Voters in northern Wake County may see some of the most intense competition for their votes this year.
They live in some of the neighborhoods where voters split their choices fairly evenly between Democrats and Republicans, according to an analysis by the conservative Civitas Institute.
Their decisions — who they choose and whether they decide to vote at all — could prove pivotal in a year in which Democrats are making a major push to increase their numbers in the state legislature and Republicans are doing everything they can to limit Democrats' gains.
A lot of the talk about legislative battlegrounds has centered on suburbs in the state’s most populous counties of Wake and Mecklenburg. But it turns out that state House and Senate districts at all ends of the state have residents that split their votes fairly evenly between Democrats and Republicans.
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Civitas determined the political leanings of the voters in each district and on Thursday released an index. In all, Civitas found nine House districts and five Senate districts have been the most competitive.
House District 116 in the mountains near the Tennessee border, which includes Cherokee, Jackson and part of Haywood counties, will likely have a close contest, as will two districts that encircle Asheville.
The Democrat-Republican vote split also was close in House districts in the Eastern North Carolina counties of Sampson, Bladen and Lenoir, and in the state’s northeastern counties that make up House District 1.
In the Senate, party competitors have been closely matched in New Hanover County, in the district along the western edge of Mecklenburg County, and in the district in the state’s northeast corner that includes 11 counties.
Two rematches in House districts in northern Wake County — between Democratic Rep. Joe John and Republican Marilyn Avila, whom John defeated two years ago when she held the seat, and between Republican Rep. Chris Malone and Democrat Terence Everitt — will take place in the county's most competitive House districts.
Some of the districts that Democrats have made big targets, including the seats held by Republican Rep. Nelson Dollar and Sen. Tamara Barringer of Cary, have leaned more Republican.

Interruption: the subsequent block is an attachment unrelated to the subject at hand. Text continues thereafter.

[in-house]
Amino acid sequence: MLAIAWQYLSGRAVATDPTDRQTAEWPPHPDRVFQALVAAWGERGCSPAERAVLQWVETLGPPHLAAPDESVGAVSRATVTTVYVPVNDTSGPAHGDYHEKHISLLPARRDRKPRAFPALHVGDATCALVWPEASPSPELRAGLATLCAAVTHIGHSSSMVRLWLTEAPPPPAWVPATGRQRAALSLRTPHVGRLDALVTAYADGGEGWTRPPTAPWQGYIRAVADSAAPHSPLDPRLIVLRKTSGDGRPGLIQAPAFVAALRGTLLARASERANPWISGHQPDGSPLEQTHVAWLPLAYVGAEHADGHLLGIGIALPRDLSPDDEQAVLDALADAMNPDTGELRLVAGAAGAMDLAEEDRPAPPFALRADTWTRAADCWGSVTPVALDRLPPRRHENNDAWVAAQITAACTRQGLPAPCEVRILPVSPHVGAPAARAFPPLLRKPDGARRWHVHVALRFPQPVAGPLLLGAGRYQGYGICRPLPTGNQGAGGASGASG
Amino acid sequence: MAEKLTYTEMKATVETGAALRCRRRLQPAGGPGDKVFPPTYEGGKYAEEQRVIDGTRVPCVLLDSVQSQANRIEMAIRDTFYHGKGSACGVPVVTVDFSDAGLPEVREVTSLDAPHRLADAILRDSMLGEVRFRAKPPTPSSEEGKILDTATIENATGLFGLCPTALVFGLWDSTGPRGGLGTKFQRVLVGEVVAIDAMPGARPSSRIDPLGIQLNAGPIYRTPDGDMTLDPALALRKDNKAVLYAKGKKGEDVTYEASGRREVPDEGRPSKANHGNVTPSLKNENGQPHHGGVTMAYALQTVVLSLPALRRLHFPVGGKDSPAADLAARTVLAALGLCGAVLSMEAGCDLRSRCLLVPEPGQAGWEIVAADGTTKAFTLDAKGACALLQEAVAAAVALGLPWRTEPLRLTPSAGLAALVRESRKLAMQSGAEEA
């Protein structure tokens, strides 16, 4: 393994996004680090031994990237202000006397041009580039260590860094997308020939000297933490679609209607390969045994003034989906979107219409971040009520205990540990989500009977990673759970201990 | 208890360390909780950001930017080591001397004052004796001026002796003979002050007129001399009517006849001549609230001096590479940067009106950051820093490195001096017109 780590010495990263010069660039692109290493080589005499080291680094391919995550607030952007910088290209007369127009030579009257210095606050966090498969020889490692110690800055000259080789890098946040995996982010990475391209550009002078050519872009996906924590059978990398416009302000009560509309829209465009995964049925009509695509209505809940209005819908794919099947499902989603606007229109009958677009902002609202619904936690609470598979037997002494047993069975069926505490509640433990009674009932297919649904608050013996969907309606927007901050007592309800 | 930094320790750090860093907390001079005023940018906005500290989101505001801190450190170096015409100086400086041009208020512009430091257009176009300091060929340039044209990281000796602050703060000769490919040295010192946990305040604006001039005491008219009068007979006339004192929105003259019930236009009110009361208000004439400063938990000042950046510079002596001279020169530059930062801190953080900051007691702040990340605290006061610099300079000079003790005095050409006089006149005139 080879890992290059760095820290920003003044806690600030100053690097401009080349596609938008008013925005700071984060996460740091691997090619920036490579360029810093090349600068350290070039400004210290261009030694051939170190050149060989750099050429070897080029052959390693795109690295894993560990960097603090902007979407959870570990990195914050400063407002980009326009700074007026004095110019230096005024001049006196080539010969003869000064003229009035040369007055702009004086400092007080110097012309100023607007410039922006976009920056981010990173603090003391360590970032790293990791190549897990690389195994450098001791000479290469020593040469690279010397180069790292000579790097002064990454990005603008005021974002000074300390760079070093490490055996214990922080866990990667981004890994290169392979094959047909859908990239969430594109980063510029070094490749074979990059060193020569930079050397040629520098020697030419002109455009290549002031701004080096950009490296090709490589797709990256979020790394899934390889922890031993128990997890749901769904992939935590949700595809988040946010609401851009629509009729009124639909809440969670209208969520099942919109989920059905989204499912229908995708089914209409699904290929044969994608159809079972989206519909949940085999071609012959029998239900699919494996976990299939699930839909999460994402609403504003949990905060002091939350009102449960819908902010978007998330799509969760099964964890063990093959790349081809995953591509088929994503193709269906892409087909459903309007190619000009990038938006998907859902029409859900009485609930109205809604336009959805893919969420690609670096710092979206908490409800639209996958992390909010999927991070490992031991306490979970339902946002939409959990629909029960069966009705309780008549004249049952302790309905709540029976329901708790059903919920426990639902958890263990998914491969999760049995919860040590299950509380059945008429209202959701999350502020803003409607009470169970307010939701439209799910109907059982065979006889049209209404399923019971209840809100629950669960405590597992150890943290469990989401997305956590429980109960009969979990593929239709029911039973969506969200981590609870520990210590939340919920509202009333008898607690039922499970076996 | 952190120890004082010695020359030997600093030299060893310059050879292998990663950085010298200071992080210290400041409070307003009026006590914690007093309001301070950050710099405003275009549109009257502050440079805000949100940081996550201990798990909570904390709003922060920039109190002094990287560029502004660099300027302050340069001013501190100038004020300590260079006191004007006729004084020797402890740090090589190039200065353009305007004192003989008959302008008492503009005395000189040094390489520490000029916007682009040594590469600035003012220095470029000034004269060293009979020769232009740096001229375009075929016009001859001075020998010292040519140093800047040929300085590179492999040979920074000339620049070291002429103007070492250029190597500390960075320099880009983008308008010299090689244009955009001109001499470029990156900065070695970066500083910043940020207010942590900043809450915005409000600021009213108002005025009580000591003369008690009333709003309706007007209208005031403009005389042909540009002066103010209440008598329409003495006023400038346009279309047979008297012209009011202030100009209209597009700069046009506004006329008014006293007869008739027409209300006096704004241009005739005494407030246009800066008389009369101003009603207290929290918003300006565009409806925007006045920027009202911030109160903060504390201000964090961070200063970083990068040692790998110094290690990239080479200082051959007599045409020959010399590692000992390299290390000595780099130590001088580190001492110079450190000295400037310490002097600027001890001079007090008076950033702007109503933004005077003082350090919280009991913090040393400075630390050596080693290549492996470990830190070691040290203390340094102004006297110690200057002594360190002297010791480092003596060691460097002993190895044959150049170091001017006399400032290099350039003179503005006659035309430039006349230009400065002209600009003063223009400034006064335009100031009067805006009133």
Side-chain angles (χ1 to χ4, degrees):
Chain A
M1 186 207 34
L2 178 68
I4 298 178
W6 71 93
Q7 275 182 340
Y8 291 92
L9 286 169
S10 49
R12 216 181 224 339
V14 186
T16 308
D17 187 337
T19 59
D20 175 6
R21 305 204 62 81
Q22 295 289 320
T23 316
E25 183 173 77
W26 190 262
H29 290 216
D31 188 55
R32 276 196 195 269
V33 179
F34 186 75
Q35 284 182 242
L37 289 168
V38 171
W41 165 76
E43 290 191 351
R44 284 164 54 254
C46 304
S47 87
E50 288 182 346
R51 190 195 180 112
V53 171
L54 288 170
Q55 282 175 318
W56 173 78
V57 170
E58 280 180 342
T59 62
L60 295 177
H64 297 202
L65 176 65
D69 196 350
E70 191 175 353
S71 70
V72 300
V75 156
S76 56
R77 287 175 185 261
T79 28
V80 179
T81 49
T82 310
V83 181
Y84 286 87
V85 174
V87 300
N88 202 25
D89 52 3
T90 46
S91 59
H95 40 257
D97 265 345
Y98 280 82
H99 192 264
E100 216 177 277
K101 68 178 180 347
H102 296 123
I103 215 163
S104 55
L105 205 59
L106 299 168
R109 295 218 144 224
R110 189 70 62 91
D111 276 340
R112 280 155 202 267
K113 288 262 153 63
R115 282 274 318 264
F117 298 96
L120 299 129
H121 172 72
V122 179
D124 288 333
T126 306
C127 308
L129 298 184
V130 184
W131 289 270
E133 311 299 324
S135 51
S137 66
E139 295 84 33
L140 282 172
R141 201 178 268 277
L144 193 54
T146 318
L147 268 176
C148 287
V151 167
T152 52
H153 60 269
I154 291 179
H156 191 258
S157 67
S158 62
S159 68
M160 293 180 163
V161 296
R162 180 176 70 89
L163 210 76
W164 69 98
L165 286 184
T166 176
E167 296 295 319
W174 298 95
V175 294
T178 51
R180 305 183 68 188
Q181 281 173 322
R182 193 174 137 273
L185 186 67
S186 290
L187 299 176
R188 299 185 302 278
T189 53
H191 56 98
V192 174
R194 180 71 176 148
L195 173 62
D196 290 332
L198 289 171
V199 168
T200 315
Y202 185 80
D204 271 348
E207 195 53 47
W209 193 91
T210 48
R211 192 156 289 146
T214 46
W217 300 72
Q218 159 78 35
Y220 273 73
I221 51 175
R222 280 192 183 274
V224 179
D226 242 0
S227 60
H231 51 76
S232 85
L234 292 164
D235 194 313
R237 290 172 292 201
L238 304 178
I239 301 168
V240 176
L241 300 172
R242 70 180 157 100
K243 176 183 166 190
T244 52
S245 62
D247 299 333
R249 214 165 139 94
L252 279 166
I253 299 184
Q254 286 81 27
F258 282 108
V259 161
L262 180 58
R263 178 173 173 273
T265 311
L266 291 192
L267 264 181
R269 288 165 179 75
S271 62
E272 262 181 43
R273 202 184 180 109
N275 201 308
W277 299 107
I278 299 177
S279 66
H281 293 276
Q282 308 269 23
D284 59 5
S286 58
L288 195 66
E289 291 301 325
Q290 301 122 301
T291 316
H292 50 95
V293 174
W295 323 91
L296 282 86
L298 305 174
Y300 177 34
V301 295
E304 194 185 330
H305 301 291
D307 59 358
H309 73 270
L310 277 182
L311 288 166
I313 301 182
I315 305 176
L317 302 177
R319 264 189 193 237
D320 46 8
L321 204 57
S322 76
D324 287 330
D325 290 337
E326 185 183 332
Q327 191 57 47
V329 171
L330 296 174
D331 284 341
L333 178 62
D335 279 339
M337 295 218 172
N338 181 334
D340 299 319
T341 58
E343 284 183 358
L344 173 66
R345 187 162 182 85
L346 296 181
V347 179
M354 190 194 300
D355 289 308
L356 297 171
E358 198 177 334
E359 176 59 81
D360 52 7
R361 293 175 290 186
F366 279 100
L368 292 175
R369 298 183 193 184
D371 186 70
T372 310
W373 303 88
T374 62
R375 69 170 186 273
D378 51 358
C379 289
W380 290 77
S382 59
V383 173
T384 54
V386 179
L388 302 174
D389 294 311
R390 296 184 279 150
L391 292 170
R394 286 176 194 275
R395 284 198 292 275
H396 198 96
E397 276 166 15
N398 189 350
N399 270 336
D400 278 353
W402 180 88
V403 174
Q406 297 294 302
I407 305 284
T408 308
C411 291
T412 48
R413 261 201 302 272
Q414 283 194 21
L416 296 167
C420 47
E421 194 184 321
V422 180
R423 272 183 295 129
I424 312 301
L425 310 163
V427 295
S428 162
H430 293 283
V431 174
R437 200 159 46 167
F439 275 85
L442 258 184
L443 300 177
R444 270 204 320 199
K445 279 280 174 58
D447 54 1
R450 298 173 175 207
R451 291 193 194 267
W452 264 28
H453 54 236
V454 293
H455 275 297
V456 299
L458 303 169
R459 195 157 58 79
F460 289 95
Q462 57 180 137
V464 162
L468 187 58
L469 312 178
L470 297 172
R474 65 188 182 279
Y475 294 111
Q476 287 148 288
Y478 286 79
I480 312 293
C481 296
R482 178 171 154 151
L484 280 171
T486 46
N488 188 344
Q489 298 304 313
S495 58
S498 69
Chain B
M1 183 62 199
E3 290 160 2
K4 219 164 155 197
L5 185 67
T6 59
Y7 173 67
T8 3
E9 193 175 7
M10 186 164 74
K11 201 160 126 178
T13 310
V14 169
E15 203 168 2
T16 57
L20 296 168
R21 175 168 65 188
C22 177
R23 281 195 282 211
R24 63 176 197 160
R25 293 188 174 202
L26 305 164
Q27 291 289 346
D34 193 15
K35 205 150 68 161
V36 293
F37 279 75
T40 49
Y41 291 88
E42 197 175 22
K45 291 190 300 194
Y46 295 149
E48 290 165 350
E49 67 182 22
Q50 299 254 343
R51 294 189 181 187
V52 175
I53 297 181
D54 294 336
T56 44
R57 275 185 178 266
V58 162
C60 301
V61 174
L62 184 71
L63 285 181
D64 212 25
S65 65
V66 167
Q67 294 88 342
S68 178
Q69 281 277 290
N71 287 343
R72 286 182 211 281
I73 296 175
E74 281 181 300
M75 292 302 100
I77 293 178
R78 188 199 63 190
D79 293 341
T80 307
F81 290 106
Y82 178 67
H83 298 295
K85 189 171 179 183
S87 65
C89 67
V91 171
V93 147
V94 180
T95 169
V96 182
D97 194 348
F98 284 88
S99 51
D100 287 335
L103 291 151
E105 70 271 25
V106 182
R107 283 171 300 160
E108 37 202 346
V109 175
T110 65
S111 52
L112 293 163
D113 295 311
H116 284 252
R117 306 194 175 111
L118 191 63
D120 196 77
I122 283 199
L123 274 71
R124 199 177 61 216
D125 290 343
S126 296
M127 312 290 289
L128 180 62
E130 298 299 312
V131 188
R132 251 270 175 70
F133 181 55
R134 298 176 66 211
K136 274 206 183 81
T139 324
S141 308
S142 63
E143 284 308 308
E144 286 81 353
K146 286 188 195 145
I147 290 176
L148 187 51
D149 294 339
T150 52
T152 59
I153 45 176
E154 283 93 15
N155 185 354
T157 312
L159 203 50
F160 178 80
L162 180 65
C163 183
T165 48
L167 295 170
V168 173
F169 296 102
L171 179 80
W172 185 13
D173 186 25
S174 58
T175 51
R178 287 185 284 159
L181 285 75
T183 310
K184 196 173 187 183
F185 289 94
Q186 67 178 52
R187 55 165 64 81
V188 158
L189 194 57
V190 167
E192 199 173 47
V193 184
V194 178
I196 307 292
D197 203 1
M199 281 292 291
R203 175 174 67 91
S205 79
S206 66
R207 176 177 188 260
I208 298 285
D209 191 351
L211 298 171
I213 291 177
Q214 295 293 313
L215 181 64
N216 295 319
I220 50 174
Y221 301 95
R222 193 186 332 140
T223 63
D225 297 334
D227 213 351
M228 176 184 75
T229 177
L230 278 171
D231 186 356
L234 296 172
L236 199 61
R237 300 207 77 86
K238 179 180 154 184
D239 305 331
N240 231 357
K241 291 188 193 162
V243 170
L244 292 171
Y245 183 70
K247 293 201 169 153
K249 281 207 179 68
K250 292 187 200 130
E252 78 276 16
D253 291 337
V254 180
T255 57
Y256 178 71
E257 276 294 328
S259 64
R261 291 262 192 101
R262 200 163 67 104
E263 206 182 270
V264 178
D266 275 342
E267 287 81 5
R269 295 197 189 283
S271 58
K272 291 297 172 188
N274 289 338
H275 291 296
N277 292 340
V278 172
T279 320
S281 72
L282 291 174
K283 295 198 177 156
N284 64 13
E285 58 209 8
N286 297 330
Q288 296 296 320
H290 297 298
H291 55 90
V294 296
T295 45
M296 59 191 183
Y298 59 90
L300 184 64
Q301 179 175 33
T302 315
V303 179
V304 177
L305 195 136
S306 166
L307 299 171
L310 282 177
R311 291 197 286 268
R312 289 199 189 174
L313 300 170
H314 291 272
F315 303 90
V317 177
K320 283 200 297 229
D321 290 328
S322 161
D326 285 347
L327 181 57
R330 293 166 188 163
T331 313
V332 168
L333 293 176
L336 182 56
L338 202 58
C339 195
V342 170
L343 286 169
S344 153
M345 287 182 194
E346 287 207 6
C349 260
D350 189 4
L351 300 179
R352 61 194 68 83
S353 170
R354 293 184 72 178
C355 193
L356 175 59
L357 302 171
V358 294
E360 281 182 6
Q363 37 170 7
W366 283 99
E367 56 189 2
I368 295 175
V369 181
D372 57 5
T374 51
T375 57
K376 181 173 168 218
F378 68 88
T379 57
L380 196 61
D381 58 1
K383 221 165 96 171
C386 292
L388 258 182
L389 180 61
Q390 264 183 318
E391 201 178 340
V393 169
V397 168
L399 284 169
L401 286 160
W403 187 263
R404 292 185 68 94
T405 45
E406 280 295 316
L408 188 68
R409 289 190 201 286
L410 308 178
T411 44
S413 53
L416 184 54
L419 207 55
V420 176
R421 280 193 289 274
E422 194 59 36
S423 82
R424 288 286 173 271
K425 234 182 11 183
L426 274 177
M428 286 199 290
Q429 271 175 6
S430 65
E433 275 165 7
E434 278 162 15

Legislative races are prominent in an election year without a big statewide U.S. Senate or presidential race on the ballot. Democrats are focused on winning enough seats in the legislature to break the Republican supermajorities that have limited Democratic Gov. Roy Cooper's influence over lawmaking and policies. Republicans are intent on holding off Democrats.
"We think that Civitas Partisan Index is indicative of how things will develop as we go into the fall," Civitas Executive Director Donald Bryson said.
Civitas used votes from the 2016 Council of State contests — races for governor, lieutenant governor, and other executive offices — to make the calculations.
"The CPI is not a predictor of future legislative contest outcomes, but it does give a glimpse of the voting tendencies within a district," he said in an email. "It is a way to identify districts that swing, lean, or firmly trend towards one political party or the other."
The Civitas calculation of the most competitive districts is narrower than one Jonathan Kappler at the NC Free Enterprise Institute worked out.
For example, Kappler calls the House district in which Dollar is facing Democratic challenger Julie von Haefen a competitive district. Libertarian Robyn Haley Pegram is also running.
Kappler said he thinks about issues such as population shifts and how district lines have changed as he determines if districts favor one party or the other.
Recent redistricting has resulted in incumbents running in new territories. The new district boundaries may have contributed to primary losses for some incumbents this week.
Kappler said his analysis and Civitas's may not be all that much different. As the election draws closer, everyone will be focused on the same races, he said.
State Democrats have a much longer list of targets that even includes Senate leader Phil Berger, an Eden Republican. Democrats are talking about a "blue wave" that will make their candidates competitive in districts that tend to elect Republicans.
Democrats need four seats in the state House or six seats in the state Senate to end the supermajorities.
Republicans expect to lose some seats, state GOP Executive Director Dallas Woodhouse said, but Republicans have targets, too.
An unaffiliated candidate running in Wilson County against Democratic Rep. Jean Farmer-Butterfield has a chance, Woodhouse said. An incumbent Republican who lived in that district decided not to run when political boundaries changed.
Scotland and Robeson counties, which used to be Democratic strongholds, are becoming more Republican, Woodhouse said. And the seat held by Democratic Rep. Billy Richardson in Fayetteville is on the GOP potential pickup list, where Republican Linda Devore is running.
An index put together by an outside group can give a good general view of districts and how people there may vote, Woodhouse said, but the political map starts out much bigger, and for the GOP, includes districts that on paper are solidly Republican.
"The field starts really wide and starts to narrow as you go forward," he said. "We'll have active, full-out campaigns, major campaigns, in 90 House seats or more."
Civitas found nine House districts and five Senate districts were the most competitive in 2016.
▪ House districts 1, 12, 22, 35, 40, 66, 115, 116, 119
▪ Senate districts 1, 7, 9, 18, 41